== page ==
We grasp the meaning of the Church and its mission by participation ourselves. • Action in which the truth is discovered through action, not merely applied or practiced (praxis).
The church is really Jesus at work. • The nature of the Church is revealed through its existence in the world as the mission of the people of God who receive the Spirit.
Pentecost, not the Great Commission, is the central part of mission thinking in the early Church.
It’s the Spirit that pushes us to recognize Christ in the here and now; the Spirit forces us to deal with Jesus in a particularly historical way.
Mission of God determined the mission of His Son. Thus, the mission of God determines the nature of the Church.
If the mission of Christ through the presence and power of the Spirit determines the nature and ministry of the Church, then we should expect a mission theology perspective of the Church to be the source of renewed vision and life.
The mission of the Church is to embody in its corporate life and ministry the continuing mission and incarnational nature of the Son through the indwelling of the Holy Spirit. • The nature of the Church is determined in its existence as the mission of God to the world.
Pentecostalism is a protest against modernity. It’s resources for the formulation of religious ideology are not merely conceptualizations of God, but participation with God.
Pentecostalism yields a priority and belief that a person has been called and empowered to participate in the final chapter of God’s reconciliatory mission.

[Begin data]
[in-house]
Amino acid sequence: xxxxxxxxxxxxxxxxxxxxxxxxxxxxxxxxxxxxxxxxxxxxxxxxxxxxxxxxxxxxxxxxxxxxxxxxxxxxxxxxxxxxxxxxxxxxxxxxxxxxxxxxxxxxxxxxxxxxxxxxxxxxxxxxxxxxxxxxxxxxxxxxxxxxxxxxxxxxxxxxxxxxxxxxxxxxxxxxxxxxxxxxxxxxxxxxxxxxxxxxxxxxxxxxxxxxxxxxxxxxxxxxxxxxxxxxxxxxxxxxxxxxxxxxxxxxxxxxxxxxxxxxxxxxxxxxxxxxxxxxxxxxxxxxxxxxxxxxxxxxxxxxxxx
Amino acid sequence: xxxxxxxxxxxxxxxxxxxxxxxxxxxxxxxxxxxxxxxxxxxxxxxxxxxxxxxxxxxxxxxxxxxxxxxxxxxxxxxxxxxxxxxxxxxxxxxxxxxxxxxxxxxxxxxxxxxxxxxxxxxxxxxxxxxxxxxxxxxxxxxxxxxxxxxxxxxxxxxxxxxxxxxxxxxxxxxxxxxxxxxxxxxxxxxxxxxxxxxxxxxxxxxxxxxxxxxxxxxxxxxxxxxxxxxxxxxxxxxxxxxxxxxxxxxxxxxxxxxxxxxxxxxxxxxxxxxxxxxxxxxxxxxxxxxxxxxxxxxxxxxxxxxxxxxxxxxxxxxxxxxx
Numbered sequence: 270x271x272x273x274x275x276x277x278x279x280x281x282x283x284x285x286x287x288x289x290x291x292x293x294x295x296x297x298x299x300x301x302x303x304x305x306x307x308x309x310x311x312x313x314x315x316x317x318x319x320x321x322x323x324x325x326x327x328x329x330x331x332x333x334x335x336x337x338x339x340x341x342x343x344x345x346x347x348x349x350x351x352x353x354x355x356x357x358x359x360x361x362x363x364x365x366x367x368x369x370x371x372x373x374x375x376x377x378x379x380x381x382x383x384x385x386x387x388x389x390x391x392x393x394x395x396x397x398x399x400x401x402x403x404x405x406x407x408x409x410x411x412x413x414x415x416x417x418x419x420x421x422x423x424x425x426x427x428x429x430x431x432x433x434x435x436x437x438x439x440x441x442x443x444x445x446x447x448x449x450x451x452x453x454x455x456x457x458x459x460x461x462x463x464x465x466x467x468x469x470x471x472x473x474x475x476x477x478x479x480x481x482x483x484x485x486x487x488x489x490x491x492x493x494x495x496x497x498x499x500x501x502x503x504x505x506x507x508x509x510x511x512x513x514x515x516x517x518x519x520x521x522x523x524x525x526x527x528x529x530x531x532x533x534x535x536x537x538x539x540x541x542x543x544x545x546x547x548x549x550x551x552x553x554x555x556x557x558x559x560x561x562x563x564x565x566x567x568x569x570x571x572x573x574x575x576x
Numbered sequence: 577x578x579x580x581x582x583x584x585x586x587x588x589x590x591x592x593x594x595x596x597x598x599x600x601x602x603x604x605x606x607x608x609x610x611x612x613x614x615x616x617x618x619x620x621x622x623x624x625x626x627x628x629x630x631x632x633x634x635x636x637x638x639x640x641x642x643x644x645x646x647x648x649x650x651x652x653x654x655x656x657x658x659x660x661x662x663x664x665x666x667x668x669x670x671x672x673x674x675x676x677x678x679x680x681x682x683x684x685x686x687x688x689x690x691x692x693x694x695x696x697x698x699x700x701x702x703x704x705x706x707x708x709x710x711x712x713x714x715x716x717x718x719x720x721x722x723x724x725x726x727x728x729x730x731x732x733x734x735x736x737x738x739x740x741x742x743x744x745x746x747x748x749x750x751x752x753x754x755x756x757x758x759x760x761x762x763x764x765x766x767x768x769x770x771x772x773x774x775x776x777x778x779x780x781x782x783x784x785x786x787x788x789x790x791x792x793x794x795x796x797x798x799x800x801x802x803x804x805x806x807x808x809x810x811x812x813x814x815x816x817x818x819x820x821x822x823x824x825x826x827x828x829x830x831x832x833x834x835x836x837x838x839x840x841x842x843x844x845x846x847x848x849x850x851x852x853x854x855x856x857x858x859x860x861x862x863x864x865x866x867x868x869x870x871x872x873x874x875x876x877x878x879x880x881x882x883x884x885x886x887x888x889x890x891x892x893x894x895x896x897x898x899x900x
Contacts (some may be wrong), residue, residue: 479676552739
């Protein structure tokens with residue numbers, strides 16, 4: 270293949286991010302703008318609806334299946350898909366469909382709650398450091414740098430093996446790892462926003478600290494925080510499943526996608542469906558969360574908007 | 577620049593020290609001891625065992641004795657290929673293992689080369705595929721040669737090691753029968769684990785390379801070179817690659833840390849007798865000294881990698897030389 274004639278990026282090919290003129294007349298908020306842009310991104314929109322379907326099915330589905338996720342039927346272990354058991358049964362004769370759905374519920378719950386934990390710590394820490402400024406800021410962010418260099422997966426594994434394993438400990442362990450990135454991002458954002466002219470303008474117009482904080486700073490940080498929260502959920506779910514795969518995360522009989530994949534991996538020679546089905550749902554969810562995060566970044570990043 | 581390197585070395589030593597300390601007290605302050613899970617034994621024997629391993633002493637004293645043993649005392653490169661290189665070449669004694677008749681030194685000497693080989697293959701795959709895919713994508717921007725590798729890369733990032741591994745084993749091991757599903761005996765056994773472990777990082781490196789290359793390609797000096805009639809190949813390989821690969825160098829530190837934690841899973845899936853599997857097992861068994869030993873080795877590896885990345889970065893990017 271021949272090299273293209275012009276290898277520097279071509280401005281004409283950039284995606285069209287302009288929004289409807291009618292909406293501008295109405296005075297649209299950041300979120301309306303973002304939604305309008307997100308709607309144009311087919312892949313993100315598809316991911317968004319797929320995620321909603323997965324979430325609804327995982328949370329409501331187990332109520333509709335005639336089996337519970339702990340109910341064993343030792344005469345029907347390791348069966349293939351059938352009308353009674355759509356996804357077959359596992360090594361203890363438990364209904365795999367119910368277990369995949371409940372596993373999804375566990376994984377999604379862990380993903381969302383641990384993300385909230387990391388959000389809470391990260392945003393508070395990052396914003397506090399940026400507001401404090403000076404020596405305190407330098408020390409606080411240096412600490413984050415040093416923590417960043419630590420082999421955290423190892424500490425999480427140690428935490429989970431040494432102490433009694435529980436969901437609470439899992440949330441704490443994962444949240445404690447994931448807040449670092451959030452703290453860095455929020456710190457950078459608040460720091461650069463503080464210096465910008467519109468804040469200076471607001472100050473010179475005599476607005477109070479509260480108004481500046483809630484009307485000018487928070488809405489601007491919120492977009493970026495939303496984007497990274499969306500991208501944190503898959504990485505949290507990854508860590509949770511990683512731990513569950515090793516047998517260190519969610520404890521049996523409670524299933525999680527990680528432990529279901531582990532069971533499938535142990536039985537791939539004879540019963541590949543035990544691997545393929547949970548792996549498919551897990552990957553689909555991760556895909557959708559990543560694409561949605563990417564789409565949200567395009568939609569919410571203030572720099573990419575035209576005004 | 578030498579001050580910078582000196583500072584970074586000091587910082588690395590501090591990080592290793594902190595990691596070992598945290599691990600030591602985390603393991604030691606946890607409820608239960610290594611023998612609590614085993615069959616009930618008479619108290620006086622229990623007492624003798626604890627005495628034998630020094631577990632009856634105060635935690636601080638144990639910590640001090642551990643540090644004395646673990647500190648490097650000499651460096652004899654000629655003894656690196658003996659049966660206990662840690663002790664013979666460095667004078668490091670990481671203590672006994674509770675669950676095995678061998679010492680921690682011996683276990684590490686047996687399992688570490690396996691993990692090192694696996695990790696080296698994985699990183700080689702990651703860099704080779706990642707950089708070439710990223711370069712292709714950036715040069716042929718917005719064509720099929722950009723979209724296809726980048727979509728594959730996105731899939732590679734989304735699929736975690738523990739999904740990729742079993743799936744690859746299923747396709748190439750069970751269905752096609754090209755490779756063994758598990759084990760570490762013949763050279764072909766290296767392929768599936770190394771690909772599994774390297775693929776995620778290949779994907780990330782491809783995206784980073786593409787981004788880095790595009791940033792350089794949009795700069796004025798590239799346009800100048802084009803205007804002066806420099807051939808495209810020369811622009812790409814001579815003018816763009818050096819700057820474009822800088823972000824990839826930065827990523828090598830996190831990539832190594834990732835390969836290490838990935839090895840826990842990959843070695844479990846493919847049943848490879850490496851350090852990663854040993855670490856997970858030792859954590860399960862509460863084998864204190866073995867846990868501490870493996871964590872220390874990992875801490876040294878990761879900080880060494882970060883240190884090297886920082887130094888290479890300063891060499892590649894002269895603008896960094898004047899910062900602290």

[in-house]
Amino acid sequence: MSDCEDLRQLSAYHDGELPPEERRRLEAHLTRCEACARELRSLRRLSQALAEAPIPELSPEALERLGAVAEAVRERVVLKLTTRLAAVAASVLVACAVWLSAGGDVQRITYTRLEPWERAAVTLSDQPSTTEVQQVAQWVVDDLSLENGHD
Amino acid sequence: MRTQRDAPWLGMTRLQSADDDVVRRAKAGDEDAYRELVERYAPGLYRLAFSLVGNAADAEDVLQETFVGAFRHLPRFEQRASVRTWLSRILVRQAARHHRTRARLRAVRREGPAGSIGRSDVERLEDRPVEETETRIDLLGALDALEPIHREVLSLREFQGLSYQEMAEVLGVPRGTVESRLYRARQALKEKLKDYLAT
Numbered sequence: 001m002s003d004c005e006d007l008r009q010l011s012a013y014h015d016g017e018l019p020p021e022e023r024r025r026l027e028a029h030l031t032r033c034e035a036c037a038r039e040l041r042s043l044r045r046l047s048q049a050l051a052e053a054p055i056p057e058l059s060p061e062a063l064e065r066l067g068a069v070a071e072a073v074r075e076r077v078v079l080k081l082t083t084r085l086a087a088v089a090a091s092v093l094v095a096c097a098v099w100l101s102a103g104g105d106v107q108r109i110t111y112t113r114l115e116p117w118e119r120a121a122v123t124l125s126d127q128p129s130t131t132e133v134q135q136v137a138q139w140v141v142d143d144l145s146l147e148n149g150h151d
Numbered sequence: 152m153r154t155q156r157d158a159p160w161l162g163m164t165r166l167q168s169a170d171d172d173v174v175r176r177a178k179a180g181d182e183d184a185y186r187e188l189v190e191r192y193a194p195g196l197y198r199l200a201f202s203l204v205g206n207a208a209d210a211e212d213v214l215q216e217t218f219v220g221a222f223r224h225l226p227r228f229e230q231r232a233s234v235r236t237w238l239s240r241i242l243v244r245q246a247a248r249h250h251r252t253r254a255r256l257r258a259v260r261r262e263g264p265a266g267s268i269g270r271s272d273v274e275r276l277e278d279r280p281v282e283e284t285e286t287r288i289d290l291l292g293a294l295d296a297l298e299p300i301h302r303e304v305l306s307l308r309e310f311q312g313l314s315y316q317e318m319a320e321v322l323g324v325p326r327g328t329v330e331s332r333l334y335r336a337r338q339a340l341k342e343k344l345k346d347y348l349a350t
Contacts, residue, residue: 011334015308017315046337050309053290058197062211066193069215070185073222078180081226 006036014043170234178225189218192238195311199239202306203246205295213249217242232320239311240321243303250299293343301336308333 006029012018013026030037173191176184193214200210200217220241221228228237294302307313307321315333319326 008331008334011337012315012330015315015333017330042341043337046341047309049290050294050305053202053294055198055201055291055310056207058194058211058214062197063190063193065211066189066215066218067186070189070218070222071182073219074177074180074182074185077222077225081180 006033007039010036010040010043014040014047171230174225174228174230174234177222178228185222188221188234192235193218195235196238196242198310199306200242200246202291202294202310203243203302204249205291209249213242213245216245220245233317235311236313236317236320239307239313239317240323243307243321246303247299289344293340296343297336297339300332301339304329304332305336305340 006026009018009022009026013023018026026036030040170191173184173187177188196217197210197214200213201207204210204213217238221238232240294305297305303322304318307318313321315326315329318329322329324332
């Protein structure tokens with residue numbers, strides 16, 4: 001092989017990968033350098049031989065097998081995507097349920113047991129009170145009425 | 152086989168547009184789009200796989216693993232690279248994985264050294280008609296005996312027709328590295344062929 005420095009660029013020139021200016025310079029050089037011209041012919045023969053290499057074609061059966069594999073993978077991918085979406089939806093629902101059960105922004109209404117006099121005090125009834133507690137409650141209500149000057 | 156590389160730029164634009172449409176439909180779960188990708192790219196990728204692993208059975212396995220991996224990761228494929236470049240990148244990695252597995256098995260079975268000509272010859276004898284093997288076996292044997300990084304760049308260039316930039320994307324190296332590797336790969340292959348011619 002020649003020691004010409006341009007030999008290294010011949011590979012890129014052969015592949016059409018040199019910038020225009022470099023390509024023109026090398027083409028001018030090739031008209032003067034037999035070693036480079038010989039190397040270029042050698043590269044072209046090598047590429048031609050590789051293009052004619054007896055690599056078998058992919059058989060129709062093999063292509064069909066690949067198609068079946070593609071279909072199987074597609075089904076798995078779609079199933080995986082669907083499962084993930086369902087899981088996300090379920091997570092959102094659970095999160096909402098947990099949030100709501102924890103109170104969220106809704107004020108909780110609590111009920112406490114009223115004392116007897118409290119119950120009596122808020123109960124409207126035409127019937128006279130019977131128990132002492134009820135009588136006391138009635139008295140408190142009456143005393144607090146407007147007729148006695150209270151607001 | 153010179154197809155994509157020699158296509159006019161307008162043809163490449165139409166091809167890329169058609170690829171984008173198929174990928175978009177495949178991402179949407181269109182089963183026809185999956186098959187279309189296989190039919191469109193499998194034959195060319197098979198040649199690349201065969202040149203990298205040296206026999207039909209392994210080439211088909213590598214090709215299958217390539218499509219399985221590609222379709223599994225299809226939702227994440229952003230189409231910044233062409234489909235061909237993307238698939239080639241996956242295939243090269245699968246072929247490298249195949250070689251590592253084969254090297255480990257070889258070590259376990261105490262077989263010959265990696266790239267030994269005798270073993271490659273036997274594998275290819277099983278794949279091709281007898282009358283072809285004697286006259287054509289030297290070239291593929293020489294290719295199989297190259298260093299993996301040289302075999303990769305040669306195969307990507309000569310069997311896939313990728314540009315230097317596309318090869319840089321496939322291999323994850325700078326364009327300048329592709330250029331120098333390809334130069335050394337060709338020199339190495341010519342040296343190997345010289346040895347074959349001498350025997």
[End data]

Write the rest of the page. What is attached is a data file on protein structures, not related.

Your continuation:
Kingdom of God “The kingdom of God represents the dynamic reign of God in the world. The Kingdom in its biblical sense designates God’s supernatural breaking into history in the person of Jesus Christ. The Kingdom is synonymous with the activity of God; it is a more pregnant expression of God himself….
Age of the Spirit …In the new age of the Spirit, Scripture shows God’s power and activity among people to involve the third person of the Godhead, the Holy Spirit. The coming of the new age is characterized by a new full dimension of the Spirit of God….
Age of the Spirit …That work of the Spirit among believers involves both an inward life-source dimension and an outward charismatic dimension. The outward dimension of the Holy Spirit’s ministry is identified in Scripture with the concept of the Kingdom. It is God’s redemptive, mediated activity in and through the church.” The Third Force in Missions by Paul A. Pomerville, 134.
Epochal Meaning “Pentecost had epochal meaning; it marked an end of the age of national particularism and the return of God’s redemptive purpose to the nations. The ethnic diversity brought about by the confusion of languages was reversed at Pentecost. Through the miracle of languages God began to restore the unity of the race which was lost at Babel….
Symbol of Unification …Pentecost was both a symbol of that unifying work of God and the actual beginning of the unification of the race. The Spirit was the agent of this restoration of unity. The role of the Spirit in His mission, breaking through the barriers which separate people, points to the importance of pneumatology for ecumenism. A full-blown trinitarian view of mission is an ecumenical touchstone….
Trinitarian View …A trinitarian view of mission in biblical an salvation history perspective gives the Holy Spirit a primary role in contemporary mission. As executive of the Godhead He is Lord of the Harvest. This perspective focuses on the centrality of the church as the agent of mission. But the church is not to be characterized primarily by its instrumentality….
Missionary Role • It is the new creation of the Holy Spirit, a called-out people who belong to God and who also carry out His mission in the world. The missionary role of the Spirit, in biblical perspective, is related inseparably with the sending and empowering of the church in Great Commission mission. This sending, God’s special mission, is characterized by the preaching of the gospel in the power of the Spirit with signs following. The Third Force in Missions by Paul A. Pomerville, 163.